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If you’re a parent, an internet user, or generally just a functional member of society, you’ll more than likely have heard the ‘Baby Shark’ song by now. Here’s the story behind its meteoric rise.
Created by Korean entertainment company Pinkfong, ‘Baby Shark’’s catchy, simple lyrics have earwormed their way into brains all over the world. The song has been watched 3.3 billion times, smashed its way into the UK music charts, and inspired a viral dance craze, #babysharkchallenge.
The story told by ‘Baby Shark’ is not an especially complicated one: a baby shark swims in the ocean (baby shark doo doo-doo doo doo doo-doo-doo), followed by a mummy shark (doo doo-doo doo doo doo-doo-doo), a daddy shark (you get the idea), a grandma shark, and a grandpa shark. They hunt some small fish, the small fish run away (doo doo-doo doo doo doo-doo-doo), the fish are safe, and then it’s the end (doo doo-doo doo doo doo-doo-doo).
The original Pinkfong video comes along with an equally simple dance routine, demonstrated by two small children in front of a green screen. It’s this dance routine that has taken over the Internet (and it’s annoyingly catchy — watch the song more than once and try to stop yourself from doing it).
If you don’t have children in your immediate social proximity, you might be asking what all the fuss is about. Well, ‘Baby Shark’’s popularity can be put into perspective most easily through the numbers: the YouTube video has been watched over 1.6 billion times, more times than the equally inescapable ‘Let It Go’ (1.57 billion views). ‘Baby Shark’ has been watched 3.3 billion times across all its platforms, which puts the video up there with another Korean viral hit, Psy’s gargantuan ‘Gangnam Style’ (3.2 billion views on YouTube). K-pop band BTS might have broken records earlier this year with their music video for ‘Fake Love’, but at 307 million views it falls far behind ‘Baby Shark’.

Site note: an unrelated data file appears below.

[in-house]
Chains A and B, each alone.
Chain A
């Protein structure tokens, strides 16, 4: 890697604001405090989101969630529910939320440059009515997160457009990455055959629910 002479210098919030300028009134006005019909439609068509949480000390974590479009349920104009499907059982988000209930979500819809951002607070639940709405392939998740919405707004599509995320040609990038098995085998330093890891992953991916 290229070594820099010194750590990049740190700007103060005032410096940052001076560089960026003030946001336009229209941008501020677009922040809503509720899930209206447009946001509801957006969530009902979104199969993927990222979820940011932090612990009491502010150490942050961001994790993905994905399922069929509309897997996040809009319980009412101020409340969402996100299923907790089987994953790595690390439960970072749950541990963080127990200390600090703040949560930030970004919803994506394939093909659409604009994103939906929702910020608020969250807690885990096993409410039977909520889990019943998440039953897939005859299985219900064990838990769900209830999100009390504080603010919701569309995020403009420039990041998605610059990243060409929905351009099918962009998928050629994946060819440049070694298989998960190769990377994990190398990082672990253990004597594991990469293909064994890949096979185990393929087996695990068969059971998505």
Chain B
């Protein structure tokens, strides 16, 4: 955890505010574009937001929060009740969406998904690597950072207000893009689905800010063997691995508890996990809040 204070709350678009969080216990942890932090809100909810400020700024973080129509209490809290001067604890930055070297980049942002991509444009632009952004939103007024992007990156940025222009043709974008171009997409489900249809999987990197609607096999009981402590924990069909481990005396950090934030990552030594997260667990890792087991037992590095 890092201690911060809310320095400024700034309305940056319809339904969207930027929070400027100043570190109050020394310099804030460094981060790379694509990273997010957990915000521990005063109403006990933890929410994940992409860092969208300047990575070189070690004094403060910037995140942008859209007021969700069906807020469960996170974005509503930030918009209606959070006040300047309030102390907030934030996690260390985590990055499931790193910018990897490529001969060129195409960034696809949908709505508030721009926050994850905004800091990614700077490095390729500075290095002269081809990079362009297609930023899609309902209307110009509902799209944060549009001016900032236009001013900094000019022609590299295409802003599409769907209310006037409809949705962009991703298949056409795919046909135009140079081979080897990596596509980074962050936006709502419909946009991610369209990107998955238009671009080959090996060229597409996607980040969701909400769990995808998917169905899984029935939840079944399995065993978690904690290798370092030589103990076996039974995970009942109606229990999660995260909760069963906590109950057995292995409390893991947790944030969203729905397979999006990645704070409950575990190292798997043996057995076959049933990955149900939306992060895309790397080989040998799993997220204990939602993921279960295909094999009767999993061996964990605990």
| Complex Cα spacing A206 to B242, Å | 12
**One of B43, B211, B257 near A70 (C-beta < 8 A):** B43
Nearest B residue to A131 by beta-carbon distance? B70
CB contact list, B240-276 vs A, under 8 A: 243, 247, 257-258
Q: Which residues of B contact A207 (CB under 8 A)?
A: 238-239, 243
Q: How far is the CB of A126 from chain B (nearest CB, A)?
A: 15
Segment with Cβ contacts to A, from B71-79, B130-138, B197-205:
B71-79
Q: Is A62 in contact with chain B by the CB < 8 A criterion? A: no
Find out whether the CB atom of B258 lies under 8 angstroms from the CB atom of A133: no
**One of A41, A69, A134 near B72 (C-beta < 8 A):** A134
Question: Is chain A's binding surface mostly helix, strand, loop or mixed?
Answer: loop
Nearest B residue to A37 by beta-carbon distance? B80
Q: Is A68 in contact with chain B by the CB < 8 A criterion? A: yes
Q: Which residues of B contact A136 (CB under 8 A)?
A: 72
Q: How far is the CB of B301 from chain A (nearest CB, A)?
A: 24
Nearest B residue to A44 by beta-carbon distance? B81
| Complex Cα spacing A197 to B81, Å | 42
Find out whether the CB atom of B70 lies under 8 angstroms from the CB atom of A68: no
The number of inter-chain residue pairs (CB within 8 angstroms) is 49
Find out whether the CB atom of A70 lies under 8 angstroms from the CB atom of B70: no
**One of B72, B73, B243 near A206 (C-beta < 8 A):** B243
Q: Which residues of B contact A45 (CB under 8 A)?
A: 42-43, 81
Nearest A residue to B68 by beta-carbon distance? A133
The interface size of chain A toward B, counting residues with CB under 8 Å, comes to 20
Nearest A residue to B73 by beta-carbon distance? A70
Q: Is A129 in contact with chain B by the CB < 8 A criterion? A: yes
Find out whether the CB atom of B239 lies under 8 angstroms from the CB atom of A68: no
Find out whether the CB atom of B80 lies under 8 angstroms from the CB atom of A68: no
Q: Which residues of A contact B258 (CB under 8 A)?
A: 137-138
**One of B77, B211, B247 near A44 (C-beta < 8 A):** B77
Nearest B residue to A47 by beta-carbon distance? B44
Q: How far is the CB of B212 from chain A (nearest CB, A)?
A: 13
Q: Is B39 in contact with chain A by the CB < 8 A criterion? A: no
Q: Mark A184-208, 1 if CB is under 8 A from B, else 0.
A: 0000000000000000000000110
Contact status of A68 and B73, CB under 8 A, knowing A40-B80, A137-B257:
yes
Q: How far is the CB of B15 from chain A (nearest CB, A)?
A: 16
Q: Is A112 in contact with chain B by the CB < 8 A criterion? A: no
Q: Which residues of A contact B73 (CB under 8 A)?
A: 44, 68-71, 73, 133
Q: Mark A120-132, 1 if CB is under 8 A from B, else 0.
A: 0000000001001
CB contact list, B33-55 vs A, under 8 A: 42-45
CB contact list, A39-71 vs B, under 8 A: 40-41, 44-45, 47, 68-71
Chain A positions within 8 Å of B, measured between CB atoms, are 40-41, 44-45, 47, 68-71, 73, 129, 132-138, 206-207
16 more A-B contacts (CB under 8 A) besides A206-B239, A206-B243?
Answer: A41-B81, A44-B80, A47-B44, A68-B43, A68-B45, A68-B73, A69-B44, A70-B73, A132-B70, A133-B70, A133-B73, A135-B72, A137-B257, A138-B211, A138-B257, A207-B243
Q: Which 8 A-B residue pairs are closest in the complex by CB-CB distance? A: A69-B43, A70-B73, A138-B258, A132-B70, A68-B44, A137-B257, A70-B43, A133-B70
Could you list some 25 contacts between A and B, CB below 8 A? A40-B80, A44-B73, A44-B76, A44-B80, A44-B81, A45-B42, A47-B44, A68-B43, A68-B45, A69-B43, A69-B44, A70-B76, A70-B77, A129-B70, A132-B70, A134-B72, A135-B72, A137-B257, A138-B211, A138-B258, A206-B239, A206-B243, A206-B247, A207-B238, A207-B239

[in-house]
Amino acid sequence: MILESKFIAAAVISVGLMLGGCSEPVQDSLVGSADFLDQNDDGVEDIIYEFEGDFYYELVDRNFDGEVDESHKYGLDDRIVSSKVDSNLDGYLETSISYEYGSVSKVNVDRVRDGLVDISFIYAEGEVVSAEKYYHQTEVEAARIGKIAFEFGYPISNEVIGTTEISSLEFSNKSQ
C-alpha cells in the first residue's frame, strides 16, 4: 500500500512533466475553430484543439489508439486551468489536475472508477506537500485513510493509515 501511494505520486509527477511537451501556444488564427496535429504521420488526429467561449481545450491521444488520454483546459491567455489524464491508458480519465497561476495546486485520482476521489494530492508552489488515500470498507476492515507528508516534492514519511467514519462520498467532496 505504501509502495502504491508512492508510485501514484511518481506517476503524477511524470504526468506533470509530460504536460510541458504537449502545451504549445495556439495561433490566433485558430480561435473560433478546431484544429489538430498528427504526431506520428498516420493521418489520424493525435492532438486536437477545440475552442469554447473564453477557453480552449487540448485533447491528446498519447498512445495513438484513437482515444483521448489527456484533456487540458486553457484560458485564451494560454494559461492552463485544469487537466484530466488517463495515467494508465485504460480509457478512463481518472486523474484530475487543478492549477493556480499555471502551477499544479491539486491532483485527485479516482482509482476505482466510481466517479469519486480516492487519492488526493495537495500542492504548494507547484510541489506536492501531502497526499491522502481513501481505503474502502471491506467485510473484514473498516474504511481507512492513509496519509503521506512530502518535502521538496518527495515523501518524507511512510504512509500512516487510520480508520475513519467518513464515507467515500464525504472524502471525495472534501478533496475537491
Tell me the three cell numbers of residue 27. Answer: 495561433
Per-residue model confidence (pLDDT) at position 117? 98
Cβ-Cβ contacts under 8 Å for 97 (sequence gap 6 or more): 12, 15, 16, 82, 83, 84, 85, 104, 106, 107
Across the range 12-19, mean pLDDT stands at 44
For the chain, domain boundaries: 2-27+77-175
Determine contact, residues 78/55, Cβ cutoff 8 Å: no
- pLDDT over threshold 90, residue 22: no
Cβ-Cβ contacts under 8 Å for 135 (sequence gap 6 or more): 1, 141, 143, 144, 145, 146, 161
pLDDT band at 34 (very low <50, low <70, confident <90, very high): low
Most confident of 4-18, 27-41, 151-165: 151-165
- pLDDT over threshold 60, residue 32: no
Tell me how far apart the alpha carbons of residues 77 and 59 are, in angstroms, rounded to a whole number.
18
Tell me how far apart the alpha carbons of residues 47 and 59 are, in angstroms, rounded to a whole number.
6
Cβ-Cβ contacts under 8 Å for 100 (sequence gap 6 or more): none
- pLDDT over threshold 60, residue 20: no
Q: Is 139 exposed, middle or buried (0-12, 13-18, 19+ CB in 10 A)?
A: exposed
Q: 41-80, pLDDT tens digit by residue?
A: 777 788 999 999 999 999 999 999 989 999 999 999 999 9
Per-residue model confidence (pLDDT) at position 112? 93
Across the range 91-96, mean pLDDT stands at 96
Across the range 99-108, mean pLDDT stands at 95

Jamie Oh, marketing director at SmartStudy — Pinkfong’s parent company — shared that K-pop was an important influence on Pinkfong’s content, which might help to explain why the song is so darn catchy. Citing the song’s ‘trendy beats, fun rhythms, and repetitive hooks’, Oh describes it as ‘K-pop for the next generation’.
‘Baby Shark’, Oh tells us, was also inspired by a traditional sing-along chant, which was given a fresh, contemporary twist by Pinkfong. Although she doesn’t mention it, a quick Internet search reveals another source of inspiration for the video — an utterly terrifying German techno version called ‘Kleiner Hai’ (watch at your peril).
‘Baby Shark’ might be aimed firmly at the under-fives, but its appeal is much more wide-ranging. It currently sits at number 32 on the UK music charts, rubbing shoulders with Post Malone, Dua Lipa and Calvin Harris. Launched in November 2015, the video was popular with educators, parents and toddlers, but gained its big break when former Playboy model Amanda Cerny debuted the ‘Baby Shark Challenge’ on Indonesian television in 2017. The challenge went viral in Southeast Asia, and 2018 saw it go global, hitting Western shores in August with a slew of ‘Baby Shark’ videos from kids and adults alike.
Newlyweds Lisa and Phil Weeks, from Liverpool in the UK, performed ‘Baby Shark’ as their first dance, whilst British teenager Chloe Roy got lyrics from the song tattooed onto her forearm to commemorate an Ibiza holiday.
Even celebrities aren’t immune to its contagious appeal, as demonstrated in a recent Instagram post from queen of glam Kylie Jenner: Jenner shared a snap of herself captioned ‘maaamaa shark dooo doo doo dooo’, proving that even the rich and famous can’t get it out of their heads.